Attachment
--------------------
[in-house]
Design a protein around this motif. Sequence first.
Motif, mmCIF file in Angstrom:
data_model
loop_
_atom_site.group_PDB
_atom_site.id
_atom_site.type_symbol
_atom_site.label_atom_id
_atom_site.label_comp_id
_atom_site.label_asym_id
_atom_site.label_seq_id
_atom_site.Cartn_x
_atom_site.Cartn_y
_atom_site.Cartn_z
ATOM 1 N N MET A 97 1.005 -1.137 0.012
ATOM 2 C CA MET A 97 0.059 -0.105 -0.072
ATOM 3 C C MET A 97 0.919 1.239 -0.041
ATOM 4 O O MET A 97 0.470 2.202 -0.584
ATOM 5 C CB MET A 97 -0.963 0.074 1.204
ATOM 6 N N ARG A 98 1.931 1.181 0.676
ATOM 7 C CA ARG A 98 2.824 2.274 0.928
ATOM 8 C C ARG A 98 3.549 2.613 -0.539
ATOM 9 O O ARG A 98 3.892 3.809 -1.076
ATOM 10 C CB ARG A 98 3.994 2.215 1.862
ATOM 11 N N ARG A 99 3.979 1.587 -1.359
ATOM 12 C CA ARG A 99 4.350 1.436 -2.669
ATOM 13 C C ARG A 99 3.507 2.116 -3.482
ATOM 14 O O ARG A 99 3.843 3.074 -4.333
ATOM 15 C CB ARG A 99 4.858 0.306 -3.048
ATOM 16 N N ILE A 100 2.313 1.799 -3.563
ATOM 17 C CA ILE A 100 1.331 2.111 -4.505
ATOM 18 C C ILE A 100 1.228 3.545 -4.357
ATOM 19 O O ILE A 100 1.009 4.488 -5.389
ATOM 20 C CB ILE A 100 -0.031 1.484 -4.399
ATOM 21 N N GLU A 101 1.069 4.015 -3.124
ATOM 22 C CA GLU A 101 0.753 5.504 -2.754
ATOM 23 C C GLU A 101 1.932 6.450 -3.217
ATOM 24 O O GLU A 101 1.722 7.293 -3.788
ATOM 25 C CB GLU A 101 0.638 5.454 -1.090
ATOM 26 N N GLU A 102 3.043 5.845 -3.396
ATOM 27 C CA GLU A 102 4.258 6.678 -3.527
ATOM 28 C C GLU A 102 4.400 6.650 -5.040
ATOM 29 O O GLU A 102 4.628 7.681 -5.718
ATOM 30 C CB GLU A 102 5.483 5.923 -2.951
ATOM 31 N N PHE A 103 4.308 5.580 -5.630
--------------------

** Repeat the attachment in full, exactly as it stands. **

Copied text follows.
[in-house]
Design a protein around this motif. Sequence first.
Motif, mmCIF file in Angstrom:
data_model
loop_
_atom_site.group_PDB
_atom_site.id
_atom_site.type_symbol
_atom_site.label_atom_id
_atom_site.label_comp_id
_atom_site.label_asym_id
_atom_site.label_seq_id
_atom_site.Cartn_x
_atom_site.Cartn_y
_atom_site.Cartn_z
ATOM 1 N N MET A 97 1.005 -1.137 0.012
ATOM 2 C CA MET A 97 0.059 -0.105 -0.072
ATOM 3 C C MET A 97 0.919 1.239 -0.041
ATOM 4 O O MET A 97 0.470 2.202 -0.584
ATOM 5 C CB MET A 97 -0.963 0.074 1.204
ATOM 6 N N ARG A 98 1.931 1.181 0.676
ATOM 7 C CA ARG A 98 2.824 2.274 0.928
ATOM 8 C C ARG A 98 3.549 2.613 -0.539
ATOM 9 O O ARG A 98 3.892 3.809 -1.076
ATOM 10 C CB ARG A 98 3.994 2.215 1.862
ATOM 11 N N ARG A 99 3.979 1.587 -1.359
ATOM 12 C CA ARG A 99 4.350 1.436 -2.669
ATOM 13 C C ARG A 99 3.507 2.116 -3.482
ATOM 14 O O ARG A 99 3.843 3.074 -4.333
ATOM 15 C CB ARG A 99 4.858 0.306 -3.048
ATOM 16 N N ILE A 100 2.313 1.799 -3.563
ATOM 17 C CA ILE A 100 1.331 2.111 -4.505
ATOM 18 C C ILE A 100 1.228 3.545 -4.357
ATOM 19 O O ILE A 100 1.009 4.488 -5.389
ATOM 20 C CB ILE A 100 -0.031 1.484 -4.399
ATOM 21 N N GLU A 101 1.069 4.015 -3.124
ATOM 22 C CA GLU A 101 0.753 5.504 -2.754
ATOM 23 C C GLU A 101 1.932 6.450 -3.217
ATOM 24 O O GLU A 101 1.722 7.293 -3.788
ATOM 25 C CB GLU A 101 0.638 5.454 -1.090
ATOM 26 N N GLU A 102 3.043 5.845 -3.396
ATOM 27 C CA GLU A 102 4.258 6.678 -3.527
ATOM 28 C C GLU A 102 4.400 6.650 -5.040
ATOM 29 O O GLU A 102 4.628 7.681 -5.718
ATOM 30 C CB GLU A 102 5.483 5.923 -2.951
ATOM 31 N N PHE A 103 4.308 5.580 -5.630